Indigenous watercraft




The ANMM collection of Indigenous water craft is a group of six commissioned craft from the 1980s and early 1990s, and related accessories such as paddles and rigs. The diverse collection includes a Bardi raft from north west Australia, a sewn bark canoe from Arnhem land, a sewn bark canoe and dugout canoe from Borroloola NT, a Mornington Island raft and a sheet bark canoe from the Murray River system. They are made from bark or tree trunks and limbs, with vines and other natural fibre bindings.

Indigenous watercraft were a primary means of transport and fishing for Indigenous communities in many Australian and Torres Strait Island coastal regions and on major river systems over parts of inland Australia. Their construction has been practiced for possibly thousands of years and many individual types represent a unique Australian craft. They were a vital part of community life and the tradition of their construction and use was passed on as knowledge between the generations in each community. These craft in the ANMM Collection also represent the continuity of that knowledge in the present day.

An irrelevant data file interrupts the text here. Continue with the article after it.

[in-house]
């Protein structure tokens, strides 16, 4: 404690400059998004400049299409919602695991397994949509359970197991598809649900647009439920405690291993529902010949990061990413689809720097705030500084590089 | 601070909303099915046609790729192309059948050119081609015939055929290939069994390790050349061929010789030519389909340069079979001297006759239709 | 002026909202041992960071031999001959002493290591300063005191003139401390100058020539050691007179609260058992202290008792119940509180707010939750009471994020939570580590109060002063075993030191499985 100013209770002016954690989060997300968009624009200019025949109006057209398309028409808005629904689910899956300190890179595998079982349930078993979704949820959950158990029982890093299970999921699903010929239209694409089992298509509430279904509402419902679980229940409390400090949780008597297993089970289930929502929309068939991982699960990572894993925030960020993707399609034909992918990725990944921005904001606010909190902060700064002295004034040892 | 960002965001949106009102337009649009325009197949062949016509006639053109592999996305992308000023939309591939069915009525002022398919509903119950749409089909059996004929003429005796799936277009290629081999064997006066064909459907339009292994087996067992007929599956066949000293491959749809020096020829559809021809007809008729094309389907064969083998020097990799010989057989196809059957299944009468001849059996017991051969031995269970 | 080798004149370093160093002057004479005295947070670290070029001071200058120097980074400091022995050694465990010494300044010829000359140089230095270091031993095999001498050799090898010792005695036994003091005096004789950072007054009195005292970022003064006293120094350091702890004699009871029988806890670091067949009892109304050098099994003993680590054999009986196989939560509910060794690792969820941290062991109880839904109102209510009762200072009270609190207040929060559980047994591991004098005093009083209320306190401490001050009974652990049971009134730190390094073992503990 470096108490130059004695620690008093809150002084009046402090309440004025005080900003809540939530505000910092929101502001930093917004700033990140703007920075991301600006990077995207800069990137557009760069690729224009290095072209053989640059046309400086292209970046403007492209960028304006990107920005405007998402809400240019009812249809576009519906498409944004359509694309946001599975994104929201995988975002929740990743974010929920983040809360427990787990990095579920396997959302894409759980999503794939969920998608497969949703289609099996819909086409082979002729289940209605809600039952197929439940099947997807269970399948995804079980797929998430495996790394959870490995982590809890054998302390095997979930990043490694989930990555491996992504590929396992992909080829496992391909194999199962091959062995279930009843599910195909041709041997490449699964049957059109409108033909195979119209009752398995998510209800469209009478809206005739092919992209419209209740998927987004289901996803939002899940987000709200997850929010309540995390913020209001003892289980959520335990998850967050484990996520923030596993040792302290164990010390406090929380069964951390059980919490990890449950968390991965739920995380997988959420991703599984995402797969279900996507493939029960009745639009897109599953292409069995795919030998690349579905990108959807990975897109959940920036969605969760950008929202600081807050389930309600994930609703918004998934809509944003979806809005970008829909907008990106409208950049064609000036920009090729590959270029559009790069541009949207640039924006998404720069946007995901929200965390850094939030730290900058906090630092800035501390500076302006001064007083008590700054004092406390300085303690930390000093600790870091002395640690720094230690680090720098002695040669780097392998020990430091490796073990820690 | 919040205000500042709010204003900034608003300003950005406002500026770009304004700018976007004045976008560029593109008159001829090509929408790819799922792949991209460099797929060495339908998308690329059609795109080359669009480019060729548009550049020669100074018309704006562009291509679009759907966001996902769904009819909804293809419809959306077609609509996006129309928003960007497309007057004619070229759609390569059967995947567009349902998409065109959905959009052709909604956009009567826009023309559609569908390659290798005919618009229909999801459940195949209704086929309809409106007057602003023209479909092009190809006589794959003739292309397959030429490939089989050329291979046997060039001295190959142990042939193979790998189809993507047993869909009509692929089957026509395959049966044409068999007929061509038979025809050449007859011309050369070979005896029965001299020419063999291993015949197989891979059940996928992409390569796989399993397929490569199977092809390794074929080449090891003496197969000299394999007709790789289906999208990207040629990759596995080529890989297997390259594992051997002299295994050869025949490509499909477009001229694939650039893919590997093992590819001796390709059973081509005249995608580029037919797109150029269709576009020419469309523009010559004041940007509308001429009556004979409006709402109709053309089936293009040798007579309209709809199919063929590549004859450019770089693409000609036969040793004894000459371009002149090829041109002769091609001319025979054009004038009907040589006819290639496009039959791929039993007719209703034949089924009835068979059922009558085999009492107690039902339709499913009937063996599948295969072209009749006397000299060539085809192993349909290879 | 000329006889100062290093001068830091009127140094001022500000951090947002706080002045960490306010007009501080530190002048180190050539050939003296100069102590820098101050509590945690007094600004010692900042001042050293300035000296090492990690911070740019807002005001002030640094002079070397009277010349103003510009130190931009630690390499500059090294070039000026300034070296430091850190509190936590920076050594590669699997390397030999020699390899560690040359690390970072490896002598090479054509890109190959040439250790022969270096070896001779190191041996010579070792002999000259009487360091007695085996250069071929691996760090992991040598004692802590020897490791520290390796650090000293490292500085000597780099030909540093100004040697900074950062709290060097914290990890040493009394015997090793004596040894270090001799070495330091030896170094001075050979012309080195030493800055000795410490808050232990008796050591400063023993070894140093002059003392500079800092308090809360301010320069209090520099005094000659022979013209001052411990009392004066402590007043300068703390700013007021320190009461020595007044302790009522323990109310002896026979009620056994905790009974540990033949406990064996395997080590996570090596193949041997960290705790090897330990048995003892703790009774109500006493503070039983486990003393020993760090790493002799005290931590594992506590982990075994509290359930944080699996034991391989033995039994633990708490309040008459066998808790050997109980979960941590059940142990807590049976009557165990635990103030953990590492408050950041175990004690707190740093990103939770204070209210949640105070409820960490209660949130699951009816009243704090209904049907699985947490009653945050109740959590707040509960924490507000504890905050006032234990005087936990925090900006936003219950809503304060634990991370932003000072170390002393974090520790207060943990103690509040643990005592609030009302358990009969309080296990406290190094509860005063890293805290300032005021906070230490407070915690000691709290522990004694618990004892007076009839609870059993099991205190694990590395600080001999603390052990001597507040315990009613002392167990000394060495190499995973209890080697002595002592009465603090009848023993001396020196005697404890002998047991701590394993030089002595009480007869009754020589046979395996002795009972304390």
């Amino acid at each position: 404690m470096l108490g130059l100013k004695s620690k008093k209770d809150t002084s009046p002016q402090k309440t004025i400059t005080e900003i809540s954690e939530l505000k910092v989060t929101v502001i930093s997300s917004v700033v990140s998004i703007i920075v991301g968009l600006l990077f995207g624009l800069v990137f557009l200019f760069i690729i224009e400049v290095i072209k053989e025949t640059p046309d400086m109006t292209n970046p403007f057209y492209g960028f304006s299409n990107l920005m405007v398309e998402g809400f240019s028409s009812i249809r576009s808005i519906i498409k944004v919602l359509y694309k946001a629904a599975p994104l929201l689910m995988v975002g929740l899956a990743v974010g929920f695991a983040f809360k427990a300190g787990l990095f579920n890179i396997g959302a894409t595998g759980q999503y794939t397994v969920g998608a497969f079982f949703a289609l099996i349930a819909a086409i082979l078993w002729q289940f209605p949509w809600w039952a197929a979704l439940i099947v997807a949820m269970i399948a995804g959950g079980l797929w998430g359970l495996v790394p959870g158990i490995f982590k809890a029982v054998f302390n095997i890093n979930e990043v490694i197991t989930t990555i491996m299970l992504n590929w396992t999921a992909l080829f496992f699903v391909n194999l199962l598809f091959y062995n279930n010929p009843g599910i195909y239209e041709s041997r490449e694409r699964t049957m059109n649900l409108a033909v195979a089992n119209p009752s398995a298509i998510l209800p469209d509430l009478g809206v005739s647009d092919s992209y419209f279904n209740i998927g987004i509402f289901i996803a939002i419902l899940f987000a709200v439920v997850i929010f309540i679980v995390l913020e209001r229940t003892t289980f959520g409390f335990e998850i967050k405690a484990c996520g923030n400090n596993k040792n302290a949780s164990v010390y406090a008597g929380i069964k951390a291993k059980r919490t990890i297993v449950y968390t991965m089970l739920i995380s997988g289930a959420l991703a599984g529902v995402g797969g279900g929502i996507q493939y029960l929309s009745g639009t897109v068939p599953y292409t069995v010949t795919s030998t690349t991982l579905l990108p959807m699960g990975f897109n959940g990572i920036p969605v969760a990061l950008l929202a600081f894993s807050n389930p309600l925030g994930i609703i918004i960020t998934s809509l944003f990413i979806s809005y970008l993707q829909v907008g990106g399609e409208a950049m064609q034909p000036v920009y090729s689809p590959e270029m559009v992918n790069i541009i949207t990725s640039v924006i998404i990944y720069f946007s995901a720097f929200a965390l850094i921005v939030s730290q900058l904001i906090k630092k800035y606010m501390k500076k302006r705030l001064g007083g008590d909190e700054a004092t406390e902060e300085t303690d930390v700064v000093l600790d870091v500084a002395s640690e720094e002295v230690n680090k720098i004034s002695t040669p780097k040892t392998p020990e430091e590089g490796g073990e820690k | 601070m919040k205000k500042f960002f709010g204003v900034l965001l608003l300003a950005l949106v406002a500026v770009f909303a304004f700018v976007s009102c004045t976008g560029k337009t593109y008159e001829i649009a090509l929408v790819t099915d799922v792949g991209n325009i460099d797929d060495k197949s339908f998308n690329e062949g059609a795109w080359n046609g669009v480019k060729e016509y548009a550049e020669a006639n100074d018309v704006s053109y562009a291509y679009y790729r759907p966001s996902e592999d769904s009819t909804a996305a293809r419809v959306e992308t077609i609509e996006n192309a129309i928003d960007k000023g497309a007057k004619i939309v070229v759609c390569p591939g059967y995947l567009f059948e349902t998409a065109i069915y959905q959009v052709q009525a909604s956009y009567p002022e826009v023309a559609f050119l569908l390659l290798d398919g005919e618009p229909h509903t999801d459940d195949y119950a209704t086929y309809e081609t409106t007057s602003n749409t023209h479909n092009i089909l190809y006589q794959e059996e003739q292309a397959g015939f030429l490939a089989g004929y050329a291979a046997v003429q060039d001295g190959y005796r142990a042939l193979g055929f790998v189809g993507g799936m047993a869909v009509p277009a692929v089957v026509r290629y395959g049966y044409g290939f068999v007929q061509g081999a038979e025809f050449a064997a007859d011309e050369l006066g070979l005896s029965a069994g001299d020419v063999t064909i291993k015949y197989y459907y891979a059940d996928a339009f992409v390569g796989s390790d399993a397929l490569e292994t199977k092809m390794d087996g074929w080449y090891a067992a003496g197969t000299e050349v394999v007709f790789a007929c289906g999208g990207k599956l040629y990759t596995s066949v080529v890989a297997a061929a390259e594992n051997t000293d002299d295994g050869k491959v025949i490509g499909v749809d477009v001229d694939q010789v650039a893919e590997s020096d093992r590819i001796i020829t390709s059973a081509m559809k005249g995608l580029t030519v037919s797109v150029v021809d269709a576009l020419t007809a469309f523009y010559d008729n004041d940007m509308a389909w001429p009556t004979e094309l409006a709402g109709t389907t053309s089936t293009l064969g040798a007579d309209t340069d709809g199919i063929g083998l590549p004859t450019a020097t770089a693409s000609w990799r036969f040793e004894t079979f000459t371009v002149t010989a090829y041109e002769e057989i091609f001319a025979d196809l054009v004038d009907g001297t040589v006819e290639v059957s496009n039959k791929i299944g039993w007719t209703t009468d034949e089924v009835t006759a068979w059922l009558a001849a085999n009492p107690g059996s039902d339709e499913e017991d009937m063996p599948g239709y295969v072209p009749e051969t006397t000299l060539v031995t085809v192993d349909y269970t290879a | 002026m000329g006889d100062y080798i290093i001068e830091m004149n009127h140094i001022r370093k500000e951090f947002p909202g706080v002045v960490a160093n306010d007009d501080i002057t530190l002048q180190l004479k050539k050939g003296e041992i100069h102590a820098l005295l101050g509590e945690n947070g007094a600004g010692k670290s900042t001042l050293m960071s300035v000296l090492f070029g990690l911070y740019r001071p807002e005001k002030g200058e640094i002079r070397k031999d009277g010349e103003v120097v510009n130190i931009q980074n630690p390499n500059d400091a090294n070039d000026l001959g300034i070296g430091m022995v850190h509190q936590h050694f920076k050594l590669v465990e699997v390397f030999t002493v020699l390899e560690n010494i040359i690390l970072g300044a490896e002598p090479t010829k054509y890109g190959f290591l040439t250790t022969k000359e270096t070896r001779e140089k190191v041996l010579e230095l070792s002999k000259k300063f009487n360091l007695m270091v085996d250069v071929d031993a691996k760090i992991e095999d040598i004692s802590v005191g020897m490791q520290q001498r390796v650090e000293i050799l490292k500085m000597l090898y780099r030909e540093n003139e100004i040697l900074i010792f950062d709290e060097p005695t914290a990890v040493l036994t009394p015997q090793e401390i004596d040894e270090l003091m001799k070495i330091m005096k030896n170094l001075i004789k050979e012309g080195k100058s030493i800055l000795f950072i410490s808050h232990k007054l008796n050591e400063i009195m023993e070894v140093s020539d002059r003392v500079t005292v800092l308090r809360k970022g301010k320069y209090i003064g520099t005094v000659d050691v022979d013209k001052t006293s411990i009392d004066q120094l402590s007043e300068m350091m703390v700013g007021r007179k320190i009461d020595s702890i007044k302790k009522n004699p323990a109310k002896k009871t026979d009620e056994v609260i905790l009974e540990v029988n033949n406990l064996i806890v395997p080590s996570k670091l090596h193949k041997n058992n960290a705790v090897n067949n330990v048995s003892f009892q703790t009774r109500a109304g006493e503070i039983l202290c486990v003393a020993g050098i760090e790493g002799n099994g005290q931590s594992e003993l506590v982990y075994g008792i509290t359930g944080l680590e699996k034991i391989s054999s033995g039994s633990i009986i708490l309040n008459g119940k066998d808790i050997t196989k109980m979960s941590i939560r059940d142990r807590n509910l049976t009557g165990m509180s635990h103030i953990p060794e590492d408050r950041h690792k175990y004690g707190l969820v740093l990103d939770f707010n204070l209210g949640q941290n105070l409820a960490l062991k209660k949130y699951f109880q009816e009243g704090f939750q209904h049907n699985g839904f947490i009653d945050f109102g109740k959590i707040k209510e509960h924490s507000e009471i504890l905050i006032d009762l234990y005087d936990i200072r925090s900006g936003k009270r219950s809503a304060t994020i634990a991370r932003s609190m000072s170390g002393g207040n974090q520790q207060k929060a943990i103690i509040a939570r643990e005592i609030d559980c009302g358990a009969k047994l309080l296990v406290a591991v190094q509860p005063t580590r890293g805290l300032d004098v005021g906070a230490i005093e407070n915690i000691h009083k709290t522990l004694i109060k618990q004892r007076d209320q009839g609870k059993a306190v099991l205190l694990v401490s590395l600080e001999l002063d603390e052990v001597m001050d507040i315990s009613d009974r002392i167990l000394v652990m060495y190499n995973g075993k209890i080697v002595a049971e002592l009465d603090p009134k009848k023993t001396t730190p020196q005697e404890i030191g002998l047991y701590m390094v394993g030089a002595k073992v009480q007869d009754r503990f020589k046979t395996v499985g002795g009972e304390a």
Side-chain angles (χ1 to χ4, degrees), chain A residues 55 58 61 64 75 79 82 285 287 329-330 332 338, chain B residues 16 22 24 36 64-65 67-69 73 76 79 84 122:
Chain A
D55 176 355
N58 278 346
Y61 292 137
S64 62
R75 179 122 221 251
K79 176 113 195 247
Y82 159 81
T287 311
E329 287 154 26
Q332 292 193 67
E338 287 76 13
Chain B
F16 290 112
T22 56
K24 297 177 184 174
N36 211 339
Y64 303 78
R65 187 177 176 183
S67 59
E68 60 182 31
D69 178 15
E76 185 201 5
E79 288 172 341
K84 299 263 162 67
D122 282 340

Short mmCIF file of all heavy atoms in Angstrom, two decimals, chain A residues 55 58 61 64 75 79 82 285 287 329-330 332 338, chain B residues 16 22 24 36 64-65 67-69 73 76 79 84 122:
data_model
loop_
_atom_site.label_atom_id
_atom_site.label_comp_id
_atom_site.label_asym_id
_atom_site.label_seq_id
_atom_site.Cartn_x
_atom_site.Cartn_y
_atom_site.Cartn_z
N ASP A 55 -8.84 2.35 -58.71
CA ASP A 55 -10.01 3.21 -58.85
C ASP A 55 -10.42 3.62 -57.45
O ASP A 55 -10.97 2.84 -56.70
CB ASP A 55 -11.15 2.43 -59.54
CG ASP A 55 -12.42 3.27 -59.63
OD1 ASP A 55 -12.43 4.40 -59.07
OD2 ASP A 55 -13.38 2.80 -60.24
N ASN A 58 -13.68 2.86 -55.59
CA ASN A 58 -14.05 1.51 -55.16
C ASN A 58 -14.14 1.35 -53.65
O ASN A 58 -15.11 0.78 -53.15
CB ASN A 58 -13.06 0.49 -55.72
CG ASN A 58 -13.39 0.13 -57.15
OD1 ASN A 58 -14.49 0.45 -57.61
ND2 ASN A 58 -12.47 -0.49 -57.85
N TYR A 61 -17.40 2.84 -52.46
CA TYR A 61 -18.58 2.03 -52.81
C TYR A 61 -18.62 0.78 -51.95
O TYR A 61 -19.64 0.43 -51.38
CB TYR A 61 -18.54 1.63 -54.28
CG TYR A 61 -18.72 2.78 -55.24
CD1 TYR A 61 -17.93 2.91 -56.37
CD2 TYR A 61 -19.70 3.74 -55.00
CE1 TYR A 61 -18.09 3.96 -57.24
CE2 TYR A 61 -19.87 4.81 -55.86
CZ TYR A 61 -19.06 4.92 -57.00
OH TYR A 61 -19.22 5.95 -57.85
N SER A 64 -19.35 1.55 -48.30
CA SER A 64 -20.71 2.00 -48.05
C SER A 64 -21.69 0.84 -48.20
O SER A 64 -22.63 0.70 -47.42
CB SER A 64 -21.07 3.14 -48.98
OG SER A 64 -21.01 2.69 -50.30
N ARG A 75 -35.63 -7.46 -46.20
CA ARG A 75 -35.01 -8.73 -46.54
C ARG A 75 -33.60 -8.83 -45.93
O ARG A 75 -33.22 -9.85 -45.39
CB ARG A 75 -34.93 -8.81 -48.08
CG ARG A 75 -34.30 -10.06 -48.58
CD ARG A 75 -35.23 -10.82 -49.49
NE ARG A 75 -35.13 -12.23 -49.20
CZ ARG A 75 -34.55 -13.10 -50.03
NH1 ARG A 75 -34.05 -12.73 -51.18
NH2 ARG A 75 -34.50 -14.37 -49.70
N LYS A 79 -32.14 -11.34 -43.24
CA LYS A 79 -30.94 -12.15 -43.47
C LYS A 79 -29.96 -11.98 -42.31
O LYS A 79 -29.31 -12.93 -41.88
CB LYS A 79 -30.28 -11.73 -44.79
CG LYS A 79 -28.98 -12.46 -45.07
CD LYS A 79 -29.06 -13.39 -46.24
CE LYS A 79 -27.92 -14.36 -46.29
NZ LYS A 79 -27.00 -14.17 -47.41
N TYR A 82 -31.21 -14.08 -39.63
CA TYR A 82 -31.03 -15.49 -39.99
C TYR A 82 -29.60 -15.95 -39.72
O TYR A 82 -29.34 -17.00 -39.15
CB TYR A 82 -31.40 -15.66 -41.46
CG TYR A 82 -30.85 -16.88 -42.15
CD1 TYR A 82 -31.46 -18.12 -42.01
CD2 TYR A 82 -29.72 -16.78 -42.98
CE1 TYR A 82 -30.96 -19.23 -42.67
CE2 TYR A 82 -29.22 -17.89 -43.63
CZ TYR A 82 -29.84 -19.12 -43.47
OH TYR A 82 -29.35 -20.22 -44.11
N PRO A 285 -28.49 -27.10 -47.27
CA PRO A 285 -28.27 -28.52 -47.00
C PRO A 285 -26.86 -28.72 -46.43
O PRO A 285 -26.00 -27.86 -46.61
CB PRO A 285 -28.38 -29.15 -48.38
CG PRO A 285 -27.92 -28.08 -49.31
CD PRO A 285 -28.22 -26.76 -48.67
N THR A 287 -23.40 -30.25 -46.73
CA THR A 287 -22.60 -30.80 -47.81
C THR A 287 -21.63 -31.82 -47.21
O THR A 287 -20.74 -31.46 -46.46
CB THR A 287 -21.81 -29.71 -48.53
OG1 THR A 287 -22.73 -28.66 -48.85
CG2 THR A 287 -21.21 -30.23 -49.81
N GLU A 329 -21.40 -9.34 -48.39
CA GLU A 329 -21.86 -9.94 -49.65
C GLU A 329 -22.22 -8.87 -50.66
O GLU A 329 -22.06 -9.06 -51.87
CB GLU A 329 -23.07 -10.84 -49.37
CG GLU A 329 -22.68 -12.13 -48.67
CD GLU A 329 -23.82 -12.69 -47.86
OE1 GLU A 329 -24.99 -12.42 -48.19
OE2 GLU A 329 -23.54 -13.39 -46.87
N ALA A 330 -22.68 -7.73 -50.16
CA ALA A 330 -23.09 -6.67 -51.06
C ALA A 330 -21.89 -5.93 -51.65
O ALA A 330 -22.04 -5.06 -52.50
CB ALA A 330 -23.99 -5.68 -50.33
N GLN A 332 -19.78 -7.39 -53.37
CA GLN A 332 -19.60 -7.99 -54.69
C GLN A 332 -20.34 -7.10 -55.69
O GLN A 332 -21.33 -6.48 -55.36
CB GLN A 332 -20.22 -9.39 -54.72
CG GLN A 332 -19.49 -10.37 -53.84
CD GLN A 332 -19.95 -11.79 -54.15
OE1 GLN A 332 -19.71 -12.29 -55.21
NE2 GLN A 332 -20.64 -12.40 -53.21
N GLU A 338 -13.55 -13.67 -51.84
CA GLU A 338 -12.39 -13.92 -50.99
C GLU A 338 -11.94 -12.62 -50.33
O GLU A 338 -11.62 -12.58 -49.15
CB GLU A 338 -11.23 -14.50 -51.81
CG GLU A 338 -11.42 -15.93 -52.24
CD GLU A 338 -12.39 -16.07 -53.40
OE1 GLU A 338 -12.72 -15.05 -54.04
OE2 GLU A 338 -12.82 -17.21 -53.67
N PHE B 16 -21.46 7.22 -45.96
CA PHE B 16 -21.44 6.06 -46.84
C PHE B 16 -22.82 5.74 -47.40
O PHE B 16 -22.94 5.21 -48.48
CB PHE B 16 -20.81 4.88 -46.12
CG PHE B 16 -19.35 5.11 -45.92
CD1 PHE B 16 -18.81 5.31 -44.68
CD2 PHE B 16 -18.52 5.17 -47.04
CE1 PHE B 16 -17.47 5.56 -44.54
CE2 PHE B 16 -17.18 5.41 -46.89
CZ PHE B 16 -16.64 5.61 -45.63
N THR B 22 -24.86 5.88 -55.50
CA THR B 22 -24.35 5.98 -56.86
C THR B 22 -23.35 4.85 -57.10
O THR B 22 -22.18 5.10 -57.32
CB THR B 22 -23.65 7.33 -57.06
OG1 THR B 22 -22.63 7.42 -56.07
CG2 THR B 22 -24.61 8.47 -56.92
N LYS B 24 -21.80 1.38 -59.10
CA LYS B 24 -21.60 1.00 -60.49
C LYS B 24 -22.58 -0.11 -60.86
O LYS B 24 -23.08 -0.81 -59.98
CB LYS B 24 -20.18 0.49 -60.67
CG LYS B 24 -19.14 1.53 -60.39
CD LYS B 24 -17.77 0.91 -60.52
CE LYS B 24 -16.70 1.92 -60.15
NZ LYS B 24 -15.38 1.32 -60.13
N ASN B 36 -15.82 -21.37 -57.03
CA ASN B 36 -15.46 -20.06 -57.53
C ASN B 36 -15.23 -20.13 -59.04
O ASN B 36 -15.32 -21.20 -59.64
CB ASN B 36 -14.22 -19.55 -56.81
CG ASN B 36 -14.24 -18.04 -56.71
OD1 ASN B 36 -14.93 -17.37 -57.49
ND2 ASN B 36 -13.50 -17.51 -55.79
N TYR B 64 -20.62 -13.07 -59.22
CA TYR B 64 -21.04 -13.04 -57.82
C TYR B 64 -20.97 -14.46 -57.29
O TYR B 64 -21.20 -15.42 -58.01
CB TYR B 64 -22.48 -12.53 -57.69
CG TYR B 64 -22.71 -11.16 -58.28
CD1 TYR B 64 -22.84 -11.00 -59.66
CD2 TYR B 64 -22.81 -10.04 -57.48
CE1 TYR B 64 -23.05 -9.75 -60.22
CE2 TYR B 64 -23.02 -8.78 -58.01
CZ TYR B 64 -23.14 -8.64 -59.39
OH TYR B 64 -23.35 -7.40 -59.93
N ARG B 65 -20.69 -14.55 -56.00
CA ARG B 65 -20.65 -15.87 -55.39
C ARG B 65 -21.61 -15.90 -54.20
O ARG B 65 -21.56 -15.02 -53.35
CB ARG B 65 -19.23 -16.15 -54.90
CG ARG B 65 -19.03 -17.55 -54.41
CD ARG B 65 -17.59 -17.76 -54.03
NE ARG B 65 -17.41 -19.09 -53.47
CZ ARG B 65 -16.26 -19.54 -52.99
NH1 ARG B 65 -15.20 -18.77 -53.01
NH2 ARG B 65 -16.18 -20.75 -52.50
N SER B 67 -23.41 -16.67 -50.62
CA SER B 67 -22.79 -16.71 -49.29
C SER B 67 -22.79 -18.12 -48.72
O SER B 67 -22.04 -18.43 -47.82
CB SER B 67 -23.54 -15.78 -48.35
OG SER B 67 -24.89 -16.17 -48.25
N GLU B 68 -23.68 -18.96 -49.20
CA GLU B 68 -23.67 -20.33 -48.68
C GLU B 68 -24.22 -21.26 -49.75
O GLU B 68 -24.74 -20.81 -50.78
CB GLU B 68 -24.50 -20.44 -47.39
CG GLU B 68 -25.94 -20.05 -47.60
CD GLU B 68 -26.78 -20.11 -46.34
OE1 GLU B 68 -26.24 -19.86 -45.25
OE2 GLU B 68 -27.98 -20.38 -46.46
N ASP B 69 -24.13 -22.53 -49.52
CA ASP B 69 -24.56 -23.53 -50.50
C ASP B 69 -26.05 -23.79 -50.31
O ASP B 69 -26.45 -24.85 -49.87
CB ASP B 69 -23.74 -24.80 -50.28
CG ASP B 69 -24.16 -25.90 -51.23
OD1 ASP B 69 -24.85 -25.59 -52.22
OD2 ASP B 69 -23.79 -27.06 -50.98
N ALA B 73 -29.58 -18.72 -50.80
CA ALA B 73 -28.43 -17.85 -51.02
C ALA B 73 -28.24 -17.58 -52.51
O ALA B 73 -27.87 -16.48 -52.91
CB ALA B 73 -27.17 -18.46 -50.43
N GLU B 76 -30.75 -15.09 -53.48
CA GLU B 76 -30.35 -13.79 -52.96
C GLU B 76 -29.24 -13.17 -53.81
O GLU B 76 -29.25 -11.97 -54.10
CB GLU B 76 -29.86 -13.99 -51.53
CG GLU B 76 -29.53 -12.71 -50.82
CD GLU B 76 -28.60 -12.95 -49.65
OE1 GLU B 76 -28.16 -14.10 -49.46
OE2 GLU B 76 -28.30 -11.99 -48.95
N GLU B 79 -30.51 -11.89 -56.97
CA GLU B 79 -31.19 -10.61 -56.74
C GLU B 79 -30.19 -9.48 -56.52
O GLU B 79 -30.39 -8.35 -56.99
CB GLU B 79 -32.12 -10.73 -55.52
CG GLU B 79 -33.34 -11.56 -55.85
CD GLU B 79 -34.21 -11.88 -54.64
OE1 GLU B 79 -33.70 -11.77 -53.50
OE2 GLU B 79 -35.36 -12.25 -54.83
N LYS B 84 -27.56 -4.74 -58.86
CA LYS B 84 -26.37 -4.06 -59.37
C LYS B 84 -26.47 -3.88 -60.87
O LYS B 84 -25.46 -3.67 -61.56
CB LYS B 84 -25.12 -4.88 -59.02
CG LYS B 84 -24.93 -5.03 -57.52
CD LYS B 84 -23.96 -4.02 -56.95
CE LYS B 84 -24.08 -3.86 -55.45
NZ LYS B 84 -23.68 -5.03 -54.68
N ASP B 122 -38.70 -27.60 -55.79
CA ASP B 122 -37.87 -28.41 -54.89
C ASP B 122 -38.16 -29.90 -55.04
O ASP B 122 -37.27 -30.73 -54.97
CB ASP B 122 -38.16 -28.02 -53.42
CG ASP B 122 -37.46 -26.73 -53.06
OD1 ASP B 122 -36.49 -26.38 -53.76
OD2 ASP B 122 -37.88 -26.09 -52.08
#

Some material included in this collection may be subject to copyright

By appointment only, please contact ANMM

Parts of this collection are digitised and available on the ANMM web site


1980-1990; Canoes; Dugouts; Rafts

Indigenous Australian peoples; Water transport


Coverage Spatial

Murray River; Arnhem Land; Borroloola; King Sound; Gulf of Carpentaria

Coverage Temporal



Related Collections


2012-05-30 23:40